Merkel and Macron warmed the climate yesterday at COP23, the United Nations conference called to discuss the implementation of the Paris Agreement. ‘The climate represents the central challenge of mankind. A question determining our destiny as a species.’ German Chancellor Angela Merkel, ever in the front line in the fight against global warming, made herself heard (at last). Ten years ago, she managed to persuade George W. Bush to turn weak incentives for the fight against climate change into targets. And then she got the Obama administration to sign the Paris Agreement. It’s just a pity that, as we know, Trump intends to withdraw as soon as possible—in 2020, to be precise.
Merkel found an ally in the French president Emmanuel Macron, who reiterated the alarm he has been sounding for some time now. ‘The point of no return has already been crossed,’ he said. ‘Global warming adds injustice to injustice, poverty to existing poverty, and hits the most vulnerable communities. Rich countries have imposed their universal values on the world, but today they cannot choose to impose their own tragedy on other countries of the world.’
So did they add new impulse to the commitments required to address the climate emergency? Given the absence of the joint Sino-American powerhouse, it’s unlikely.
The United States was present with an official delegation to promote representatives of the coal, gas and nuclear industries and a ‘shadow’ delegation headed by the former mayor of New York, Michael Bloomberg, and the governor of California, Jerry Brown, undertaking to respect the Paris Agreement Trump wants to withdraw from.
The Franco-German duo could add new impulse to the commitments required to face the climate emergency. But what’s lacking is China and the United States. On the one hand Trump is continuing with his rants of denial, while China is behaving ambiguously and appears to be putting the brakes on its commitment to favor climate improvement.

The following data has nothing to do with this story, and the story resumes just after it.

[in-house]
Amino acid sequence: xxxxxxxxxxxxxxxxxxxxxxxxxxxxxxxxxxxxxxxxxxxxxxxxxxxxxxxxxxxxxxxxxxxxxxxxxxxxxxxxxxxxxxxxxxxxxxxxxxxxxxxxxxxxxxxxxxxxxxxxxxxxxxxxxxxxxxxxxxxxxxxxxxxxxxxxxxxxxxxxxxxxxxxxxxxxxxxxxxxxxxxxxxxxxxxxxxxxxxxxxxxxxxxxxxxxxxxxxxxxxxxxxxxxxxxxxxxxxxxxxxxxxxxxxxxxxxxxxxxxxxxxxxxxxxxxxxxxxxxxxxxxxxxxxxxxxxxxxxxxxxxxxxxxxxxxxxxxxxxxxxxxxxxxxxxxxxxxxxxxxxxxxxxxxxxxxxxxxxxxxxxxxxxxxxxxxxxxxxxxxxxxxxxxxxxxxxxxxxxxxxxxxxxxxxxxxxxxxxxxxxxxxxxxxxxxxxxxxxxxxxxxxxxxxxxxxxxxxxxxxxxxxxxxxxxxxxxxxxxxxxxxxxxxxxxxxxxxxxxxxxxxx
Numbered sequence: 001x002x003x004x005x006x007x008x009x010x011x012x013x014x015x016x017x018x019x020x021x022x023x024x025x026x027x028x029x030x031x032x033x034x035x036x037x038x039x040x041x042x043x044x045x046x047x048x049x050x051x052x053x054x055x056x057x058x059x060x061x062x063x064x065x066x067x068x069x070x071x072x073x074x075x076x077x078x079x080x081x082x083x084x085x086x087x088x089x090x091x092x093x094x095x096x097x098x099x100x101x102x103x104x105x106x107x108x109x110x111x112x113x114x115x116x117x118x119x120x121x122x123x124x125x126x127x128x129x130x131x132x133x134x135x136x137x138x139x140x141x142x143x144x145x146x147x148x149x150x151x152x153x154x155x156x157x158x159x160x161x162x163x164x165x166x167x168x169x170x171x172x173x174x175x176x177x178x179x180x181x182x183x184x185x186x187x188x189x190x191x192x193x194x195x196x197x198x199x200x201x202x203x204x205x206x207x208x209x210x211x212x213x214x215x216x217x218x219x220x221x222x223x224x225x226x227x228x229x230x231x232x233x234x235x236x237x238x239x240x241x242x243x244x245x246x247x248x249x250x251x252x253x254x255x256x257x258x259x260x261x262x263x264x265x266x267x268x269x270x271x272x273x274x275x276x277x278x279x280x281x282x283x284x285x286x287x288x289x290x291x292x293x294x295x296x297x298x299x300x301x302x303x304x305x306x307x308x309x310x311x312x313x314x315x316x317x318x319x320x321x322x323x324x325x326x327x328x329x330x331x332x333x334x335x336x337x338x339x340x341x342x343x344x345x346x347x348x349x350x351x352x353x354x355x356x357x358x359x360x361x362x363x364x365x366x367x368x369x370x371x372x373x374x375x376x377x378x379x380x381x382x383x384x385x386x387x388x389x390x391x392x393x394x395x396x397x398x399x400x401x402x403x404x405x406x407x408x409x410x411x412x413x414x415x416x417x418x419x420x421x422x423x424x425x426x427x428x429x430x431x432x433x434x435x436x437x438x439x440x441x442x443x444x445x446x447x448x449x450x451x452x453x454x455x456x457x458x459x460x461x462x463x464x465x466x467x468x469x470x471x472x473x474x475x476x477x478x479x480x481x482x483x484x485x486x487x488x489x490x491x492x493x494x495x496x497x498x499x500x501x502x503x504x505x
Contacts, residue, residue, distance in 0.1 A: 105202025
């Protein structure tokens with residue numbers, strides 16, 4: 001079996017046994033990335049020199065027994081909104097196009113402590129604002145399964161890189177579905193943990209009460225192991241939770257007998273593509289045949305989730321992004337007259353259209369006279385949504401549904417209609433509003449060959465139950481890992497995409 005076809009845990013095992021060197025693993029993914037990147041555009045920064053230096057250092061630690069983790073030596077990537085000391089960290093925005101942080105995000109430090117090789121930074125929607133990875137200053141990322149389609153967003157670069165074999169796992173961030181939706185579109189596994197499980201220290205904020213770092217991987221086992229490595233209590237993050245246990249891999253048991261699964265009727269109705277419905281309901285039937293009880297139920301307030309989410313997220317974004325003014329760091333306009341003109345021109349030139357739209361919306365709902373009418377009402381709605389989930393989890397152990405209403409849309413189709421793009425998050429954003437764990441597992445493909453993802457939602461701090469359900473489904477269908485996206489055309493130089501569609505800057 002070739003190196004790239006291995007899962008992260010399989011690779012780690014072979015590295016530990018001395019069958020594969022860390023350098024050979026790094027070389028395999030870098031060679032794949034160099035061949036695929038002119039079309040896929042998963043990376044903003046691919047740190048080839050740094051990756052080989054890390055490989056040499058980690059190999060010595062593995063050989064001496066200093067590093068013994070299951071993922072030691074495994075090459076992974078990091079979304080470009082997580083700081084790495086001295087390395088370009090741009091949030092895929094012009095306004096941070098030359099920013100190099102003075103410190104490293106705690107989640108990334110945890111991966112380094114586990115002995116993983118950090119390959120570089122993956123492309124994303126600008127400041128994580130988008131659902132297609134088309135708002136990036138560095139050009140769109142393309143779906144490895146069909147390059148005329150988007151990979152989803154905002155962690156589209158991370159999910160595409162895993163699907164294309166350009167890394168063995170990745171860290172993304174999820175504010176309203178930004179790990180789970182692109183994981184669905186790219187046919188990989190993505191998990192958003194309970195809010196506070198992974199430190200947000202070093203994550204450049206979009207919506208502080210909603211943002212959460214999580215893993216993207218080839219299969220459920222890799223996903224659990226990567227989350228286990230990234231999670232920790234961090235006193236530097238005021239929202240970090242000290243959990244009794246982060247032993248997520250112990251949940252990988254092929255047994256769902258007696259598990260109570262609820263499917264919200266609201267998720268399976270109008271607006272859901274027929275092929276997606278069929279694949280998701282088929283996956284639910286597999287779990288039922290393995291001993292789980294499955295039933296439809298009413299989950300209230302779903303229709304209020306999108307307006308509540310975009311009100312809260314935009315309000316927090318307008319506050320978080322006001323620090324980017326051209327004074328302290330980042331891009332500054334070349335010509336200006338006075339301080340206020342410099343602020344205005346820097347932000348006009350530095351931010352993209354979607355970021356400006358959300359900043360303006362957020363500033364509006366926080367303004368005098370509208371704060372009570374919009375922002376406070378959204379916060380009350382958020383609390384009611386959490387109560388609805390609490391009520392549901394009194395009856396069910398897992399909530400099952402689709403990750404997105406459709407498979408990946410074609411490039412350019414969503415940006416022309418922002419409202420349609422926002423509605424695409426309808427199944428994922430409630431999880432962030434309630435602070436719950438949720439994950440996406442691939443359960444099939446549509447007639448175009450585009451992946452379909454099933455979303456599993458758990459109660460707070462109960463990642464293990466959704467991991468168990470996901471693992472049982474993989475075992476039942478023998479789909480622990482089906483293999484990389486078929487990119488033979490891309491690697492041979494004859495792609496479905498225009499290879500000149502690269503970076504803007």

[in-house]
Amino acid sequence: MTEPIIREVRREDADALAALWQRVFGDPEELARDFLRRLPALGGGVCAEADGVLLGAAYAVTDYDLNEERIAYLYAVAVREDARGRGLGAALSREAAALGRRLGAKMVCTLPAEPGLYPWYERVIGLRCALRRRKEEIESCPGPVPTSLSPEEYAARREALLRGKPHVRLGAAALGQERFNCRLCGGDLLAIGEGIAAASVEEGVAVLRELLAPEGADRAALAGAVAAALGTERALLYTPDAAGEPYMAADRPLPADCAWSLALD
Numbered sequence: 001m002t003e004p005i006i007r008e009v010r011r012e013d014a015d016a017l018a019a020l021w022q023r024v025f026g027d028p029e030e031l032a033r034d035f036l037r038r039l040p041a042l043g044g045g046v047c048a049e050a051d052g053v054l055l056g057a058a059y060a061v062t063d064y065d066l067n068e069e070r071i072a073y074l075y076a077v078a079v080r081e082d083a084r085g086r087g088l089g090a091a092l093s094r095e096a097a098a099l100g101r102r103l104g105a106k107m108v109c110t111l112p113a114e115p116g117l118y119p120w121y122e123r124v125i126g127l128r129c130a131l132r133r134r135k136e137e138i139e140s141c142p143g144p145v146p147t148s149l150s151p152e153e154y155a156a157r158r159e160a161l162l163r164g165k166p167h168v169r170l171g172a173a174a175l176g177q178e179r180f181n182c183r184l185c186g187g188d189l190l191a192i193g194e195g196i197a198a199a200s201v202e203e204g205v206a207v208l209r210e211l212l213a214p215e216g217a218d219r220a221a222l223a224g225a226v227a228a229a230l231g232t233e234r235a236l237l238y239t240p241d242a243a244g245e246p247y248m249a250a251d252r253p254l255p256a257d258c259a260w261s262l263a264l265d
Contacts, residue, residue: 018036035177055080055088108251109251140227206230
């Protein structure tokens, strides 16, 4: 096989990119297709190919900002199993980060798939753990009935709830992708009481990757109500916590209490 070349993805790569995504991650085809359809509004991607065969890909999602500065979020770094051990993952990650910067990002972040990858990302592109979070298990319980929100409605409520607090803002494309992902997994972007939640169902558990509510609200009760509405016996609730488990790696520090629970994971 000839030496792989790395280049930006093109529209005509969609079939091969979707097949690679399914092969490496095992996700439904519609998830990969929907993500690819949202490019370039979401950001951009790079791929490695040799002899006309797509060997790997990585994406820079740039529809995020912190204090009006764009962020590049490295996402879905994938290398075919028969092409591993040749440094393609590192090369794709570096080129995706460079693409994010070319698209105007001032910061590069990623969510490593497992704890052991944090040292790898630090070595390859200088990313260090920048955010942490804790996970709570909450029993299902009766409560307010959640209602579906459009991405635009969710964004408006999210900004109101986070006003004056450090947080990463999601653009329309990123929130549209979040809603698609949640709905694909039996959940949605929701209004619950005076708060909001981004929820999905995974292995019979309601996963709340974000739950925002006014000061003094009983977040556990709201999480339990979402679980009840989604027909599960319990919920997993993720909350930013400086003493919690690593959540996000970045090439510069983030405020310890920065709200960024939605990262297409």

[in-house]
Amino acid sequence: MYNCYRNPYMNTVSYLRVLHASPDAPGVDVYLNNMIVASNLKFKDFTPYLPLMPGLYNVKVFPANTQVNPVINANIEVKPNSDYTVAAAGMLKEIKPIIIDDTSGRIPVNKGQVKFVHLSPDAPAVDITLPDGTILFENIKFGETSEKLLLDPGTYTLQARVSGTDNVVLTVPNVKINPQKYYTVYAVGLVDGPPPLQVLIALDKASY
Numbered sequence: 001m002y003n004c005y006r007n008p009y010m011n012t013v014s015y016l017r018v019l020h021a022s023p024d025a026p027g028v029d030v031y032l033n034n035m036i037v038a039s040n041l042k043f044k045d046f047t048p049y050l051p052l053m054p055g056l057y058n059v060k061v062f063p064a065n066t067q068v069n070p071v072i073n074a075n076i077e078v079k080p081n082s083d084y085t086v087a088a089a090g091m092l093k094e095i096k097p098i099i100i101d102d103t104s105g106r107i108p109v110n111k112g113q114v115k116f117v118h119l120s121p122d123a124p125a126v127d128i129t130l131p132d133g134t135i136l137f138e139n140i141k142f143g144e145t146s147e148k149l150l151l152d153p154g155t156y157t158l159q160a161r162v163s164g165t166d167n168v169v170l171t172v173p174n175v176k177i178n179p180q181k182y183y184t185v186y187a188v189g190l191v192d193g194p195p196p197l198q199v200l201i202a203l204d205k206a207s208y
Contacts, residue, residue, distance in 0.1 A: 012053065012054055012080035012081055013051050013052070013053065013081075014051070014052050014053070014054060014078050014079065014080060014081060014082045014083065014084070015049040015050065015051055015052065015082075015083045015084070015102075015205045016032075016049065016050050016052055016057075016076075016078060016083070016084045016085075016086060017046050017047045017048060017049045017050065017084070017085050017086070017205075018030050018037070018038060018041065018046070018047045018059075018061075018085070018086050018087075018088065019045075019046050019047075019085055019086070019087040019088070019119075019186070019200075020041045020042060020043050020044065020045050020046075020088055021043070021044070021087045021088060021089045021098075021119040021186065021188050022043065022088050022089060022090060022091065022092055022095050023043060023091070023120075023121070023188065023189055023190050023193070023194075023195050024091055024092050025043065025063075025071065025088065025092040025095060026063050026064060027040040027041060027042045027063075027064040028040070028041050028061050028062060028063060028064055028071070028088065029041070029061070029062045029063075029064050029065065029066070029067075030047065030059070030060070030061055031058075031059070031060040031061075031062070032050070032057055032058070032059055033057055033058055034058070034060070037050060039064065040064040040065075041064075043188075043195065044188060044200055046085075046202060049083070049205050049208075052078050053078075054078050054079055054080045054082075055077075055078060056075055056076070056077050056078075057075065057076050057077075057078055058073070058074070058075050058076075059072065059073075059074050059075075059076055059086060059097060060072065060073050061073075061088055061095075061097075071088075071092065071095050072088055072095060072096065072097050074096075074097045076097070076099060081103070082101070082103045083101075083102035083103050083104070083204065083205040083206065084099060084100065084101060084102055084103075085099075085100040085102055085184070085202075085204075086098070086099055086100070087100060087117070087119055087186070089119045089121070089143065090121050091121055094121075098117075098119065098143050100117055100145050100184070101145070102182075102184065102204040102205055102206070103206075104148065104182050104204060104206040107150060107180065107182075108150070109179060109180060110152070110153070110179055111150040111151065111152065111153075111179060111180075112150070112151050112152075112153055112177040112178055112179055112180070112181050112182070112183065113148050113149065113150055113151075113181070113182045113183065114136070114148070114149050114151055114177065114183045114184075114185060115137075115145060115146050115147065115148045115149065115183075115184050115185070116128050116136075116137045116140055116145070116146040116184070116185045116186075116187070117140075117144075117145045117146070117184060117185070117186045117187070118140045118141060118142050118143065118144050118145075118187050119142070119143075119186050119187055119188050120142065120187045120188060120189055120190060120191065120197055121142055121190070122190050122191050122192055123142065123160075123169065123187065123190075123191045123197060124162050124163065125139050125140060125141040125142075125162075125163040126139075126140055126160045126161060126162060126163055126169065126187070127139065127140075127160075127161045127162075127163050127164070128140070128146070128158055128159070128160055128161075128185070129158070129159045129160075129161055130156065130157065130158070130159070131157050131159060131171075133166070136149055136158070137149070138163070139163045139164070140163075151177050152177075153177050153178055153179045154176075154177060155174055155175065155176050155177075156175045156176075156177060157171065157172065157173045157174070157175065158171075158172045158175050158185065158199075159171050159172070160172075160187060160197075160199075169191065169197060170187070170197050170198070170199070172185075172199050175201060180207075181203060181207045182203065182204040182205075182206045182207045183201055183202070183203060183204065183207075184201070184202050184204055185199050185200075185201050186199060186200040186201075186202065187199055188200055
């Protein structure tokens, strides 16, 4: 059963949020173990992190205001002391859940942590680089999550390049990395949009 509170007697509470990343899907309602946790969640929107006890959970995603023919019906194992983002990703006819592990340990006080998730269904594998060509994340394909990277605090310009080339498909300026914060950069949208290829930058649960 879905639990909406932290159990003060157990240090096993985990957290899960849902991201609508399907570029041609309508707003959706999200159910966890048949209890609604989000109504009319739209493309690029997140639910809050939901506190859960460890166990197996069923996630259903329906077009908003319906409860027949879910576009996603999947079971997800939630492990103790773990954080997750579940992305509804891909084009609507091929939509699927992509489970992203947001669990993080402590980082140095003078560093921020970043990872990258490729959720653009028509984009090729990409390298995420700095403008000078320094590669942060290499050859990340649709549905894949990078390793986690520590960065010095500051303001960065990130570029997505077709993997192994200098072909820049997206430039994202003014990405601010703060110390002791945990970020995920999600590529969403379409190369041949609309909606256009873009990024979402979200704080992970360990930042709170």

In short, the conference does not appear to be producing the incontrovertible turnaround needed. If COP21 and the historic Paris Agreement provided momentum, the apparent crumbling of leadership on the issue is, instead, a cause for considerable concern. And the fact that the meeting is being chaired by Fiji, an archipelago at serious risk, doesn’t help either, as Pacific islands simply don’t carry enough clout to drive the giants of the world economy into action. In Bonn, the spirit of Kyoto ’97 and Paris 2015 was missing, and the conference was overshadowed by the clash between Global North and Global South—and the West has not hid its fear of having to dip into its own pockets. The weakest countries are thus forced to wait for them to do their bit and to ask for solidarity.
It’s an alarming scenario: climate warnings aren’t science fiction, they are a fact. Greenhouse emissions are increasing, as are record temperatures, while the likelihood of containing warming below 2°C is increasingly slender. It’s a race against time in which we’ll be gambling everything over the next three years. Meanwhile, 2017 will probably turn out to be the hottest year since records began, even without the effect of El Niño, and CO2 concentrations in the atmosphere have reached a record level with a 2% increase after three years of stability.
At its Seventh International Congress, Slow Food launched its international Menu for Change fundraising and communication campaign on the climate-food nexus. We intend to support those who produce our food with minimal impact on the environment and the climate and to help everyone to choose a more sustainable way of eating, as a fundamental paradigm shift in the production, distribution and consumption patterns of the food system is an integral part of any real solution to the question.